Researcher at UMDNJ Studies How Music Impacts Different
Areas of the Brain
Study outcomes published in October 2007 edition of NeuroReport
NEWARK—Researchers at the University of Medicine and Dentistry of New Jersey conducted a basic science study to analyze how the brain responds to pleasant and harsh sounding musical intervals. Outcomes of the pilot study are included in an article entitled, "Neural correlates of the Pythagorean ratio rules" that is published in the October 2007 issue of NeuroReport.
Dr. Eric Altschuler, assistant professor in the Physical Medicine and Rehabilitation Department at the UMDNJ-New Jersey Medical School, and Dr. Karin James, of the Department of Psychology at Indiana University, used a functional MRI and Pythagorean ratio rules to compare and contrast how the brain responds to different intervals of music. Researchers reviewed the brain scans of 13 students from Indiana University. Each participant’s brain scan, six musicians and seven non-musicians, helped researchers determine their reaction to both pleasant and harsh sounds.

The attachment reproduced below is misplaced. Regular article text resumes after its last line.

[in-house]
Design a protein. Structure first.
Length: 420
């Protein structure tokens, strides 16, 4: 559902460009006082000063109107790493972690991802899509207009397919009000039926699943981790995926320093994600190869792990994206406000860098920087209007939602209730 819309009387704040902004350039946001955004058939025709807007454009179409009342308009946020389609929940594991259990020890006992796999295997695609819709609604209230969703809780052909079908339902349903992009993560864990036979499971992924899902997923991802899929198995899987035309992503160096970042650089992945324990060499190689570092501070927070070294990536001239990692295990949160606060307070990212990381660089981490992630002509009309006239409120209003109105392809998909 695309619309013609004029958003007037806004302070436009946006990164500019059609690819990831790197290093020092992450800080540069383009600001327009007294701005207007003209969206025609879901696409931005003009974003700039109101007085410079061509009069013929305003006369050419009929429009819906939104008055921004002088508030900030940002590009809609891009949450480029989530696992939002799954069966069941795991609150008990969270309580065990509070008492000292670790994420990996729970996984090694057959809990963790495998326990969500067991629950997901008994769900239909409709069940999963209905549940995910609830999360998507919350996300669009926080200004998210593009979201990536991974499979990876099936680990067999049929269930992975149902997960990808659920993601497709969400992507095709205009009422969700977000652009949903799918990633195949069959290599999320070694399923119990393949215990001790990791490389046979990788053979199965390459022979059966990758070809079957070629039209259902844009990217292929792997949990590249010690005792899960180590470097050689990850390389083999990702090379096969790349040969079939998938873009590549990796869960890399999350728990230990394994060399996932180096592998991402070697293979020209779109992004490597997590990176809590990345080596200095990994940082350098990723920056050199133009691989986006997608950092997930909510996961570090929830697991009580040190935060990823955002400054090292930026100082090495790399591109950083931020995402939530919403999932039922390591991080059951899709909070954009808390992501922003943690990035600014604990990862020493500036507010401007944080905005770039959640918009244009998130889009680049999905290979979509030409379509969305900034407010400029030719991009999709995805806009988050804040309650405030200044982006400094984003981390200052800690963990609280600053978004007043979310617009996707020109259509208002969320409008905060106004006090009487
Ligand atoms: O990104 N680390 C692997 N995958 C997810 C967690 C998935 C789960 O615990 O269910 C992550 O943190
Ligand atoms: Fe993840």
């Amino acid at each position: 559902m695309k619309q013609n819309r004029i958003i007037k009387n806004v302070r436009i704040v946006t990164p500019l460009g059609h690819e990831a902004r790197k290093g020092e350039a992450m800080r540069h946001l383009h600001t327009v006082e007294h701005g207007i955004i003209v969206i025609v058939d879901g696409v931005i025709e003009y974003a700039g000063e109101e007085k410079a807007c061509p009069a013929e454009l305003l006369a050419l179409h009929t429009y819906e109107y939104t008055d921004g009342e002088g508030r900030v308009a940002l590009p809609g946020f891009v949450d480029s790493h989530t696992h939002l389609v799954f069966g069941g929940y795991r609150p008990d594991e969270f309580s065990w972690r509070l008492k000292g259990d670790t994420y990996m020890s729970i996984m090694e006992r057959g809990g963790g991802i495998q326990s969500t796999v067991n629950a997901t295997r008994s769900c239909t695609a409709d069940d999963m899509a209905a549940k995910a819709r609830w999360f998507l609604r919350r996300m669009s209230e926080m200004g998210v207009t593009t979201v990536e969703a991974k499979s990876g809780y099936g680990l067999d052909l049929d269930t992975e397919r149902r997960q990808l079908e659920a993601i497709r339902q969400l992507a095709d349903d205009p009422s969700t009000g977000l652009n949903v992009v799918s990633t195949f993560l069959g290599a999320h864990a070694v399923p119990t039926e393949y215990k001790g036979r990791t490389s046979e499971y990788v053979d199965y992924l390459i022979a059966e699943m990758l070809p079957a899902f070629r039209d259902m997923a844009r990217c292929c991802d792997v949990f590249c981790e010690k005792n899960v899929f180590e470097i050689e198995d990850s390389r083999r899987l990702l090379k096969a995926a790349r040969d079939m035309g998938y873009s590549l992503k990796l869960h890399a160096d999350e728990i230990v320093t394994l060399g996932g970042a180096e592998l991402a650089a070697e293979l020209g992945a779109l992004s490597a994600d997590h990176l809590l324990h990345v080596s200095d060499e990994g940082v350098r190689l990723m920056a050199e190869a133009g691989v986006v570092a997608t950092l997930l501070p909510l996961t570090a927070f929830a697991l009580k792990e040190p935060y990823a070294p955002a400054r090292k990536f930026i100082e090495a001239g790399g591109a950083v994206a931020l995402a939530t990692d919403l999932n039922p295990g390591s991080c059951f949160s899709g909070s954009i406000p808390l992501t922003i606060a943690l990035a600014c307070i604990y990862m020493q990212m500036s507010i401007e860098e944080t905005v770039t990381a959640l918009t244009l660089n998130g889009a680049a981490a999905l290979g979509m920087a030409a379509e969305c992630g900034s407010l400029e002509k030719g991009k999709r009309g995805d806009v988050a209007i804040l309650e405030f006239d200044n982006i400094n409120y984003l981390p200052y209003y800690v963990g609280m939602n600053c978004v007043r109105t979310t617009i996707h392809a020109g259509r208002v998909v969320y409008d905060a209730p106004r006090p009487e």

According to Dr. Altschuler, the Pythagorean ratio is the basis for the aesthetics of tone combinations in Western classical music. When the ratio of frequency is simple, pleasing sounds are produced and when it complex, harsh sounds are produced.
Study findings indicate neural activation is much more engaged in all participants when they listen to harsh intervals when compared with pleasant sounds. The brain scans that were done as participants listened to music, measured how sounds triggered different areas of the brain.
"The outcomes of this study could potentially be useful in understanding how the brain processes music," said Dr. Altschuler.
To arrange an interview with Dr. Altschuler, of the UMDNJ-New Jersey Medical School, call Kaylyn Kendall Dines at 973-972-5000.
UMDNJ is the nation's largest free-standing public health sciences university with more than 5,700 students attending the state's three medical schools, its only dental school, a graduate school of biomedical sciences, a school of health related professions, a school of nursing and its only school of public health, on five campuses. Last year, there were more than two million patient visits to UMDNJ facilities and faculty at campuses in Newark, New Brunswick/Piscataway, Scotch Plains, Camden and Stratford. UMDNJ operates University Hospital, a Level I Trauma Center in Newark, and University Behavioral HealthCare, a mental health and addiction services network.